Whether you're looking to move to a new organisation, or get a raise and an acknowledgement for all your hard work, knowing what to say and how to say it can make all the difference in getting what you want - and not.
Time it right. Find out in advance if the financial situation is favourable as it’s essential that you get your timing right - and bear in mind that your company may not be in a position to give you the pay rise or promotion that you want. Does your company have an annual or bi-yearly pay review time? Or a performance development review (PDR)? Both of these will make it a lot easier to bring up the subject, but if not or you’ve missed a review, do everything you can to make sure it’s a good time to discuss it.
Research, research, research. First, get to grips with your company’s Reward and Benefits policy to understand any internal boundaries. Then, honestly evaluate your individual skills and experience and look at how this compares to any existing pay scale. Talk to people you know well and ask how much they currently get paid - and how much they're planning to ask for at their next review. Speak to friends in similar roles and similar organisations and see what they’re getting paid. Salary surveys and checkers are useful tools to check with and you could have a chat with recruitment agencies, too.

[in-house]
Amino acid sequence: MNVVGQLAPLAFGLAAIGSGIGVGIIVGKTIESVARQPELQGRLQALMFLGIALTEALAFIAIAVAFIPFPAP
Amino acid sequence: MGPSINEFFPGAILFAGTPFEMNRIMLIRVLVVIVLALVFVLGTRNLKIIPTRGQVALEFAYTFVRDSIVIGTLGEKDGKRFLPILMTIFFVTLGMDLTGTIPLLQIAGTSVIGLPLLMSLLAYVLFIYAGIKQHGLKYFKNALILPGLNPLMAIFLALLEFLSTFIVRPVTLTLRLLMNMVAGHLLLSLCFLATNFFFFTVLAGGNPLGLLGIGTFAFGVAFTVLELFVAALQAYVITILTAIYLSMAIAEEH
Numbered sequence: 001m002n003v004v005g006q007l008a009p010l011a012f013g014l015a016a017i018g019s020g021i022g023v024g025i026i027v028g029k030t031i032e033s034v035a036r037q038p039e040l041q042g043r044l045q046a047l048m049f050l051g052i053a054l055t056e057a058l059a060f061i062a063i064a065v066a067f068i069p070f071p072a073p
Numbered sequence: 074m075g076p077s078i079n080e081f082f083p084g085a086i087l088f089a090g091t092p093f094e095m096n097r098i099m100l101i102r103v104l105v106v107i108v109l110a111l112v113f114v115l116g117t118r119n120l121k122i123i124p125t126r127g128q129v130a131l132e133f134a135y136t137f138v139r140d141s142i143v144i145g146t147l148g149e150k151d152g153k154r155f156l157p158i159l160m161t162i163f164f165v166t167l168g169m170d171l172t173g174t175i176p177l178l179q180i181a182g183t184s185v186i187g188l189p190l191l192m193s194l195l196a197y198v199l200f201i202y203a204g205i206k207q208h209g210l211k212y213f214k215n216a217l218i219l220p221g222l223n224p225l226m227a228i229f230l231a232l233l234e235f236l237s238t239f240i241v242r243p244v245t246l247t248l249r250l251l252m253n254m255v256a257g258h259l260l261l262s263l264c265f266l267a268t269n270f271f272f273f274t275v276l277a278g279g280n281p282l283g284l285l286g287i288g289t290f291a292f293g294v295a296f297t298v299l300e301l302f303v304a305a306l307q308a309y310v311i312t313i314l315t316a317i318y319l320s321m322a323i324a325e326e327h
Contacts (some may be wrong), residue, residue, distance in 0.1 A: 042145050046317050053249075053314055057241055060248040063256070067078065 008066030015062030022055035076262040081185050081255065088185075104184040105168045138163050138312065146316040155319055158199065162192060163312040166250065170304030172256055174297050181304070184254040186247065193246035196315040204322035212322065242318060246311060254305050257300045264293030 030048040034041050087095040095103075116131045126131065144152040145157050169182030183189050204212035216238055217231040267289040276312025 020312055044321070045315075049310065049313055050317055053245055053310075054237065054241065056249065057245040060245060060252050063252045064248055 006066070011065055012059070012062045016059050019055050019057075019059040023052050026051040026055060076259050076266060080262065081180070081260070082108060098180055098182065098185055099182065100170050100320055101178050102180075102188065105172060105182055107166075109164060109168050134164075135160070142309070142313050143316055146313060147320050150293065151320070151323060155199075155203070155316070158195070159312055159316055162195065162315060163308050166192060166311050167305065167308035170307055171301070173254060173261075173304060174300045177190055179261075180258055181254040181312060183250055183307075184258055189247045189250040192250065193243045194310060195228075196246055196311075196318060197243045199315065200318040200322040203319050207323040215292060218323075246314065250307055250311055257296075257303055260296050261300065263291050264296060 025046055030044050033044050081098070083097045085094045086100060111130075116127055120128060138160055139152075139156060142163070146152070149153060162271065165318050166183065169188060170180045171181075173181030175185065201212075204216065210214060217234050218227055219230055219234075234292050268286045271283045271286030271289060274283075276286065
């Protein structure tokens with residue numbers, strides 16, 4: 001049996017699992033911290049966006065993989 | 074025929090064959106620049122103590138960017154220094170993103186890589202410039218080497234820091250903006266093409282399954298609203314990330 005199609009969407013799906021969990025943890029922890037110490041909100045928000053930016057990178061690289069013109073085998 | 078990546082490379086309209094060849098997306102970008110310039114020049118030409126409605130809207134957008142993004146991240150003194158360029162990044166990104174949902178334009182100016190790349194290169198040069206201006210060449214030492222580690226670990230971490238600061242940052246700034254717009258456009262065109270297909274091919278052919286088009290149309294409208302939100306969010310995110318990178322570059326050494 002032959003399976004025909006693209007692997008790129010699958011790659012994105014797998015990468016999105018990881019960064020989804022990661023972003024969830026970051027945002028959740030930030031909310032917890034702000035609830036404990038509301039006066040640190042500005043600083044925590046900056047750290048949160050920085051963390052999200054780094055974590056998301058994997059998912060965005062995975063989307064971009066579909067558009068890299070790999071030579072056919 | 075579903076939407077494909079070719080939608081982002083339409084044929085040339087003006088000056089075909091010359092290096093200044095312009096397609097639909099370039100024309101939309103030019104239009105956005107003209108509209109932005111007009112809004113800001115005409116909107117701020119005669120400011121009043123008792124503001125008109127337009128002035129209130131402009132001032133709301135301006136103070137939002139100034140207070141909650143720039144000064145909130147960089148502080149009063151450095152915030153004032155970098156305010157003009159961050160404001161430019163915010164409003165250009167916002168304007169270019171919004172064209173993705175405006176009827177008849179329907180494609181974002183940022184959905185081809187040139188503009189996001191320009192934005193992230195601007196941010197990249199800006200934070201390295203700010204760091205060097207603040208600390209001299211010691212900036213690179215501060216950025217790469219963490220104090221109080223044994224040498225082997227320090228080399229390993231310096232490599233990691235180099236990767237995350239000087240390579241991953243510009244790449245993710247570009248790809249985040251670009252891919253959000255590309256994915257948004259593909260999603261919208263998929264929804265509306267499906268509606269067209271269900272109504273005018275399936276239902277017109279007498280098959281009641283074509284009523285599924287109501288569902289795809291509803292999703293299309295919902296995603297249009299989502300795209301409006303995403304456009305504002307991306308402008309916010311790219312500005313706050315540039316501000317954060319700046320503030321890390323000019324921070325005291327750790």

Build a case. Keep a career journal, detailing the areas in which you are working and in which you feel you’re making a difference to your company. Take note of your ideas to improve projects or processes and write down everything you’ve done to improve your knowledge and skills base to help you do your job better. Take a course or help others - show that you’re willing to do that little bit extra.
Have a goal in mind. Is it all about the figures? Or are you willing to take extra holiday days in exchange for a lower overall salary? Would you rather have a car allowance or gym membership? Think about what you want and what you’d be prepared to accept.
Negotiate. Think about how to sell yourself. And use your career journal to show all the good things you’ve done for the company already and how you see yourself fitting into the next position or salary band. Explain where you see yourself in one, two or five year’s time, and how you can help the company develop too.
Consider. Take some time to consider an offer, even if it’s just what you wanted. It helps to have a clear head and some time to think, so asking to have until the end of the day or week is completely acceptable.
Remember: If you’re up to the job (excuse the pun) and showcase yourself to be the valuable employee you are, your boss will want to keep you.
- Careers advice